Adaptive potential of the Arctic diatom Thalassiosira hyalina to climate change: intraspecific diversity, plasticity and population dynamics


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klara.wolf [ at ] awi.de

Abstract

Arctic phytoplankton is the base of the foodweb in the most rapidly changing region on the planet. Within this thesis I show that Arctic coastal diatom communities can sustain stable productivity under future climate scenarios by several mechanisms: though large phenotypic plasticity, sorting between highly diverse genotypes and species shifts. The specific focus of this work lies on the role and functioning of intraspecific selection and population dynamics of the diatom Thalassiosira hyalina. Through application of new population genetic methodologies, I was able to resolve detailed selection dynamics in simplified diatom populations and found that their outcomes are not predictable from responses recorded in single-strain cultures, hinting towards interactions between conspecifics. Furthermore, my experiments and field studies on natural populations suggest that dynamics within populations are likely driven by more complex processes than clonal dominance. Forecasts on the future functioning of phytoplankton populations are therefore bound to include intraspecific diversity and evolutionary adaptation as crucial processes.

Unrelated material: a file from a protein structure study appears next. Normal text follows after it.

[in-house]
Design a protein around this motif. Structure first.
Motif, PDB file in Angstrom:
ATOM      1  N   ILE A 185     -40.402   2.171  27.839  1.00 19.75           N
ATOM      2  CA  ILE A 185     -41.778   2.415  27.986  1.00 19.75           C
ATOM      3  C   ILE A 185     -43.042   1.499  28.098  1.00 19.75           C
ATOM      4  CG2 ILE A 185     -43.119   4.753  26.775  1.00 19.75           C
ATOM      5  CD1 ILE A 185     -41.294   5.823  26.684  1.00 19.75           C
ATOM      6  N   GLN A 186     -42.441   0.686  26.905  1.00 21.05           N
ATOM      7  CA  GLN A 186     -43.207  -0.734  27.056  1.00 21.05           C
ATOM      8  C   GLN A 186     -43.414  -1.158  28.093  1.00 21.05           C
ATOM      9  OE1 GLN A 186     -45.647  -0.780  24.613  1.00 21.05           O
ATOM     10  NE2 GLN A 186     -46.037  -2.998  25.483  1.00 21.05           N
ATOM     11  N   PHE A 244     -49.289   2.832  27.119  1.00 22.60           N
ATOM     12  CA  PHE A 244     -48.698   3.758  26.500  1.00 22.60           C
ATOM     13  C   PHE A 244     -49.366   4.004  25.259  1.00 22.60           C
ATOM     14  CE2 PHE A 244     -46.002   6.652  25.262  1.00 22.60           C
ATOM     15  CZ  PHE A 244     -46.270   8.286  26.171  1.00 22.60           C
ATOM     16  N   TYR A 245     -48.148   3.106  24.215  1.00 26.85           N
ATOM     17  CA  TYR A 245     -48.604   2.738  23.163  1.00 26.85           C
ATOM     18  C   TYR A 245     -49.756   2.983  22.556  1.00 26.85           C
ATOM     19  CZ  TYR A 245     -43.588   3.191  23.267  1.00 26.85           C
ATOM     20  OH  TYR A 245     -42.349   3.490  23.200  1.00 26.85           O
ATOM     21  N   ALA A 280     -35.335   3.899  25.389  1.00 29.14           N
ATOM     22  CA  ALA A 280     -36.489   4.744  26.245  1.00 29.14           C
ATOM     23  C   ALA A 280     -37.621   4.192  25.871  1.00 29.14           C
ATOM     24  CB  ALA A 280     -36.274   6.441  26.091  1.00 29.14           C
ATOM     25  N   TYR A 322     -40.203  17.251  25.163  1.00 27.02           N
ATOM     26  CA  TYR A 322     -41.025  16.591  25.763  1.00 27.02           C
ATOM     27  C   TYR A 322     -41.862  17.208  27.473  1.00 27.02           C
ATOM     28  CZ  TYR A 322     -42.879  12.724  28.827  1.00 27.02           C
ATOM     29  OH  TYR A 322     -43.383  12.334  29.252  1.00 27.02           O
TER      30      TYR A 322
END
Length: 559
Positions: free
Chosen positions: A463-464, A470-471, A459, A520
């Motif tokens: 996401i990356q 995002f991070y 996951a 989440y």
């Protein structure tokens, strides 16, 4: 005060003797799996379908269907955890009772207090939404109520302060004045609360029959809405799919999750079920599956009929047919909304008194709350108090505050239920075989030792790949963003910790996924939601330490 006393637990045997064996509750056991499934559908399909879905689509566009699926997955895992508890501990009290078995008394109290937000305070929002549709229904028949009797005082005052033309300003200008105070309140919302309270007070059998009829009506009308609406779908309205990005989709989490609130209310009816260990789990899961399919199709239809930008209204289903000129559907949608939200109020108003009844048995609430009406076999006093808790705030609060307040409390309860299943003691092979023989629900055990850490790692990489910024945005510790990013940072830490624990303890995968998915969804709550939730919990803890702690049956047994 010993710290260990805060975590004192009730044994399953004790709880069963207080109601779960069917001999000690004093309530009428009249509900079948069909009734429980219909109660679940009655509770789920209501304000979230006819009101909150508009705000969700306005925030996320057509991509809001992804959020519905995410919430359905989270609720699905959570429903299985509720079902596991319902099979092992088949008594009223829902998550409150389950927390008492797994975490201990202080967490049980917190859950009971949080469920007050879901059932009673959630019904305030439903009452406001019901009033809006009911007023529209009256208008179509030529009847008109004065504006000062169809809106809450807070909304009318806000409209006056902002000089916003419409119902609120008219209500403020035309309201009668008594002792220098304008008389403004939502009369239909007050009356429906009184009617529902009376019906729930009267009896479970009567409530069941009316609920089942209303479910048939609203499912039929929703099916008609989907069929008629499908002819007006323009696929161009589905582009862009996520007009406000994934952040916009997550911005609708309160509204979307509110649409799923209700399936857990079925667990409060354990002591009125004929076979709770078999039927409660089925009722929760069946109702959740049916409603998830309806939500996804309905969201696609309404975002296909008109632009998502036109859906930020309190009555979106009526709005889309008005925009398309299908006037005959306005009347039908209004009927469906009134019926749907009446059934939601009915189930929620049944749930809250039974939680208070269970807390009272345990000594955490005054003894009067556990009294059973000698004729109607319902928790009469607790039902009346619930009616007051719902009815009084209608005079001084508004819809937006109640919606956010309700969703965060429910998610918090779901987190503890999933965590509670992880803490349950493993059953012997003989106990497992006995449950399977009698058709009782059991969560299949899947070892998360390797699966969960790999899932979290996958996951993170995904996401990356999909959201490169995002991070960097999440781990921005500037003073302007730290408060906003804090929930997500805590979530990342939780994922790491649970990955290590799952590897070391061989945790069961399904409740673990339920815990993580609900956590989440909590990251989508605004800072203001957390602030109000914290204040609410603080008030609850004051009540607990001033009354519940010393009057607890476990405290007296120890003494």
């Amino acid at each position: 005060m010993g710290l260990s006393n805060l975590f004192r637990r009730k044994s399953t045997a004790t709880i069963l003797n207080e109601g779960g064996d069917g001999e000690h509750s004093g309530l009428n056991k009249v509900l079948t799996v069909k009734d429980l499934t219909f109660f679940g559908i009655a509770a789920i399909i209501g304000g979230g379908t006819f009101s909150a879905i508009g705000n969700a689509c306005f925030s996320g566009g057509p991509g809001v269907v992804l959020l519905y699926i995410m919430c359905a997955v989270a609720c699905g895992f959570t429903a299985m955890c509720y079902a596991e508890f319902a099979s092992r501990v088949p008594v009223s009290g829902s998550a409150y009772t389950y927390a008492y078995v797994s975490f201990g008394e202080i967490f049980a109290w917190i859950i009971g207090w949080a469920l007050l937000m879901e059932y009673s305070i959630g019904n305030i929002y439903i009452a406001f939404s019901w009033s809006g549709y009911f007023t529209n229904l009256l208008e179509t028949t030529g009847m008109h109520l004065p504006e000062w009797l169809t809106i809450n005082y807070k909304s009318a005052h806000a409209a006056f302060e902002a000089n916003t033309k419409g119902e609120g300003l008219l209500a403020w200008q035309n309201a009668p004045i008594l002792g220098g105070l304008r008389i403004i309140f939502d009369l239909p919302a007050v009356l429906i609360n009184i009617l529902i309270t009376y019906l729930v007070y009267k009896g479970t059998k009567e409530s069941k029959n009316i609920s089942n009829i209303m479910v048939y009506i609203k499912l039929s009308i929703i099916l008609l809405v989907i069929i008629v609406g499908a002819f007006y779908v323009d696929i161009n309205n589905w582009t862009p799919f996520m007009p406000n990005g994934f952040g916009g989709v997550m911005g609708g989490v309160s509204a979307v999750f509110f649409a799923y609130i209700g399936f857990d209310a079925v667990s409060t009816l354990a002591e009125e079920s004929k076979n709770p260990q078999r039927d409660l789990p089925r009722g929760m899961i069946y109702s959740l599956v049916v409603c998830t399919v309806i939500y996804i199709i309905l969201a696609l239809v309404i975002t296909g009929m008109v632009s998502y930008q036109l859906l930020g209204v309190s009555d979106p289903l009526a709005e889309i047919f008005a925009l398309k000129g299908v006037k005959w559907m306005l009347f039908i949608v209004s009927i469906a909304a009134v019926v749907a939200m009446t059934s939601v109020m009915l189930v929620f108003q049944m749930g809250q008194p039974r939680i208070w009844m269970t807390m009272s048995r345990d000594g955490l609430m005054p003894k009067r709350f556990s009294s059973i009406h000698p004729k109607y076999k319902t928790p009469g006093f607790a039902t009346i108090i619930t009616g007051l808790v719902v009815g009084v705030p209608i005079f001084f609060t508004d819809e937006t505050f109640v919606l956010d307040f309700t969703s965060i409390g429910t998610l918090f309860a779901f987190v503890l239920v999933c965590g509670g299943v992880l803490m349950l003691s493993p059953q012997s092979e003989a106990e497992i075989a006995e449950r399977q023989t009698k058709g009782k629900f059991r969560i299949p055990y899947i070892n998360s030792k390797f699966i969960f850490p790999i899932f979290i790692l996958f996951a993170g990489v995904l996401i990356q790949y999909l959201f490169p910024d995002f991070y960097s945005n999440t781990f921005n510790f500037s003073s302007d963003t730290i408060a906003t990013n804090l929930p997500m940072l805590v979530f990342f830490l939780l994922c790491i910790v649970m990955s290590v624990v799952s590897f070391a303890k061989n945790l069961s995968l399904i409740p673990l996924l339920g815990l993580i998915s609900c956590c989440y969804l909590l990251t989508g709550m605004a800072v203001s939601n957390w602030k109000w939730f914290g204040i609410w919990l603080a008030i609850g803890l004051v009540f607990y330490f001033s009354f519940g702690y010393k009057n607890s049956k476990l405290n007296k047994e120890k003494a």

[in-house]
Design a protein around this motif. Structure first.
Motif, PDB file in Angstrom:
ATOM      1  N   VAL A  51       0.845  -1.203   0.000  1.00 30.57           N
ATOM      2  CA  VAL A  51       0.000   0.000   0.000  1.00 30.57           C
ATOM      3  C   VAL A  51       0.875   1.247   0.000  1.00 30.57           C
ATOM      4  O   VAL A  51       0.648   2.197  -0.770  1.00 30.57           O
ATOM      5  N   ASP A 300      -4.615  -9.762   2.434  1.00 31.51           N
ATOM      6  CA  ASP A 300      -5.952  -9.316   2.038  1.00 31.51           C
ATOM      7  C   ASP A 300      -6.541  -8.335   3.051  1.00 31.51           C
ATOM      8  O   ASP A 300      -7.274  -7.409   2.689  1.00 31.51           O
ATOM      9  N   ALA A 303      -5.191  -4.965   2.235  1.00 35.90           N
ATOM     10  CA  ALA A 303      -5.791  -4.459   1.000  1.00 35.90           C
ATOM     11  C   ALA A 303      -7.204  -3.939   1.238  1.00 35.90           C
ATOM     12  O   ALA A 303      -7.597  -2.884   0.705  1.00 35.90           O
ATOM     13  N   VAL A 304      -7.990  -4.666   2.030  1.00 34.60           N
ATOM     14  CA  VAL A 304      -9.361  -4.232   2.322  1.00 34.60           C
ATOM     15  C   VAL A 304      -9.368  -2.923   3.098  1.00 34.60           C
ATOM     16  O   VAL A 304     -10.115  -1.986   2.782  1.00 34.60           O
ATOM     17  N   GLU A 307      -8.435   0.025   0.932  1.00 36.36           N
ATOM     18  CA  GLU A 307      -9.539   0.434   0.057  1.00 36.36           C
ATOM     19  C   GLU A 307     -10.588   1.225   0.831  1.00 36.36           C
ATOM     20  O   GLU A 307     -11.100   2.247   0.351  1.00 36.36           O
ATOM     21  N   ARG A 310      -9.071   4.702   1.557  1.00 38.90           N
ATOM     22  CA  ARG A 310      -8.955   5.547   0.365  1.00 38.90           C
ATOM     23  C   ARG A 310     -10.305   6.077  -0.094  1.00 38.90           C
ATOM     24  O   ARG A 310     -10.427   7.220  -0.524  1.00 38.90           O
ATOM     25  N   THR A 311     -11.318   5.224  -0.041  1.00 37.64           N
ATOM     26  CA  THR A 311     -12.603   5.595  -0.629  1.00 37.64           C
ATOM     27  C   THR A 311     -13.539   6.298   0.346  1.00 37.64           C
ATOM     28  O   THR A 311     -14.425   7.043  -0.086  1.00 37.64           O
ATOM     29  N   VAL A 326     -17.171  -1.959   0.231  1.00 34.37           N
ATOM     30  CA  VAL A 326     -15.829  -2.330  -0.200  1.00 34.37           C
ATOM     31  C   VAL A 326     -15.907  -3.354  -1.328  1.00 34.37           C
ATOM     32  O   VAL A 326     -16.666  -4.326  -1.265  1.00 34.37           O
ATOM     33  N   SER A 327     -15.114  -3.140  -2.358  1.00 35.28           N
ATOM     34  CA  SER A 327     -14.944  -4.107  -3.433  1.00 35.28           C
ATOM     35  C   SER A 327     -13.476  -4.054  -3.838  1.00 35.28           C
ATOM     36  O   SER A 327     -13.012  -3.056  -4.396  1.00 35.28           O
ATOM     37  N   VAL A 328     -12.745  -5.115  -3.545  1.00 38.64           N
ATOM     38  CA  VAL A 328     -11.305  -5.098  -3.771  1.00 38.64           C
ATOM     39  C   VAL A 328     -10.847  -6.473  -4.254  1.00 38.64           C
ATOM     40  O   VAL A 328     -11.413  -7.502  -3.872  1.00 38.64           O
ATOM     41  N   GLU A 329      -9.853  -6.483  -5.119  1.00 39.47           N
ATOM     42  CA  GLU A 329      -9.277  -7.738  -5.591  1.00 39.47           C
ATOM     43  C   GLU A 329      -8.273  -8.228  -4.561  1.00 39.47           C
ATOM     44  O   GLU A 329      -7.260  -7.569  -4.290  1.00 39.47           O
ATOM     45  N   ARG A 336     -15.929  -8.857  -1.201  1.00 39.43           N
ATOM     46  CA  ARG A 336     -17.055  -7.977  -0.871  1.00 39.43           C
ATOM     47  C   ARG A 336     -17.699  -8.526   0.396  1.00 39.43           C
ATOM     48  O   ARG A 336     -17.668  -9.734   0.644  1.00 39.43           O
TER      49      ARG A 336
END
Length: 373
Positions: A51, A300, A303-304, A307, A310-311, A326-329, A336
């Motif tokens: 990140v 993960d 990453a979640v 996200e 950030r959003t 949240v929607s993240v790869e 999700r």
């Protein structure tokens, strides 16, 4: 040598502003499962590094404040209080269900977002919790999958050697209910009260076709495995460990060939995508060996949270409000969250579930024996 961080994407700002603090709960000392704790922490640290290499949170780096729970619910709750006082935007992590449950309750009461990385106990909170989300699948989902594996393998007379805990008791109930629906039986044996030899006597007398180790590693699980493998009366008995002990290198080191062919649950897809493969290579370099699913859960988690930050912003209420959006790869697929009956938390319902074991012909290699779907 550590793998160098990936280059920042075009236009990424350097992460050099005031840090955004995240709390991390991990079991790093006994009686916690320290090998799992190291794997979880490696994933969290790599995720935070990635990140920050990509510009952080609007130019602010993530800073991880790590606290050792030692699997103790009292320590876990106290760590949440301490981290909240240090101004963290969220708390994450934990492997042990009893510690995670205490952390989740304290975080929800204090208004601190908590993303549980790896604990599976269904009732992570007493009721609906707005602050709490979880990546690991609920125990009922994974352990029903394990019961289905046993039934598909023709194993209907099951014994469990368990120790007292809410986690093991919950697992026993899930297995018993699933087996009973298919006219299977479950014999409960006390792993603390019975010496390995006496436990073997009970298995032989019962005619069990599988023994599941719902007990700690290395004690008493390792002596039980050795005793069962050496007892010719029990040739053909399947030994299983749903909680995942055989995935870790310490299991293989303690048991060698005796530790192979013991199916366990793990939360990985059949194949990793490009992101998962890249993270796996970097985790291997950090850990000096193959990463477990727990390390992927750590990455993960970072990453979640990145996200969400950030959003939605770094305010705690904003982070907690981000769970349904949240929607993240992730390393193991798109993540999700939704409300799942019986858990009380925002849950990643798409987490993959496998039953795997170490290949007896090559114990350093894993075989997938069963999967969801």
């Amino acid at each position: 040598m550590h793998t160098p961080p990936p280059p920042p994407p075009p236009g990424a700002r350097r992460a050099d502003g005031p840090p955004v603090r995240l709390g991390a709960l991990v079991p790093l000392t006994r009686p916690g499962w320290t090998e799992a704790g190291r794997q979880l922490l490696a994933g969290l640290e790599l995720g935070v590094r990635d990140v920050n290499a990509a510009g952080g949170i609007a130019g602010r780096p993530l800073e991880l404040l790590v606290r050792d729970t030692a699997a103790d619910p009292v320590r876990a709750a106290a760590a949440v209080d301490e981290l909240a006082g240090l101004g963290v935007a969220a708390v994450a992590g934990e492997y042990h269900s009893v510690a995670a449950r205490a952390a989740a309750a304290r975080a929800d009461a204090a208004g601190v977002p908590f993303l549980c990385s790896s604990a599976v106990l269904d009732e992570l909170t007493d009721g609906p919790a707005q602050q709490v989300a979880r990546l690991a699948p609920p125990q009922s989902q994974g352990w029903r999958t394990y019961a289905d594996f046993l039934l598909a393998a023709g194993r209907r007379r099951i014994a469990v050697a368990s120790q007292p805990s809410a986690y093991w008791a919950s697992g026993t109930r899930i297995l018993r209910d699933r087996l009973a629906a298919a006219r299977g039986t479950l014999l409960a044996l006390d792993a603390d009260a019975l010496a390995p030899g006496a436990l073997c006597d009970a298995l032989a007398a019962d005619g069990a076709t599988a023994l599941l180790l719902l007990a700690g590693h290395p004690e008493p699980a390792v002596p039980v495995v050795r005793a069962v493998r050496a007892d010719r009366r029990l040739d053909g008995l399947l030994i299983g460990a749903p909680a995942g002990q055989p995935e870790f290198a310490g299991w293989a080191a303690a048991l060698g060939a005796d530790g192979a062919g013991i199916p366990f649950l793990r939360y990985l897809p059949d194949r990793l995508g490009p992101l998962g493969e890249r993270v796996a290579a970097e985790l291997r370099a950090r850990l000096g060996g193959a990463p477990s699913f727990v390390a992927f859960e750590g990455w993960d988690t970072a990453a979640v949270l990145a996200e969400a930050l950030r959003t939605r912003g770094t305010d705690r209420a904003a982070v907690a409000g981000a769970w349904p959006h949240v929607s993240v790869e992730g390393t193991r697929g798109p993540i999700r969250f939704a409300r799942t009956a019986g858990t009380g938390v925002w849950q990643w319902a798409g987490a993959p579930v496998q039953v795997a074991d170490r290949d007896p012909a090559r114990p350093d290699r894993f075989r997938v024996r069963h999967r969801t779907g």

Item Type
Thesis (PhD)
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Not peer-reviewed
Publication Status
Published
Eprint ID
49813
Cite as
Wolf, K. (2019): Adaptive potential of the Arctic diatom Thalassiosira hyalina to climate change: intraspecific diversity, plasticity and population dynamics , PhD thesis, University of Bremen.


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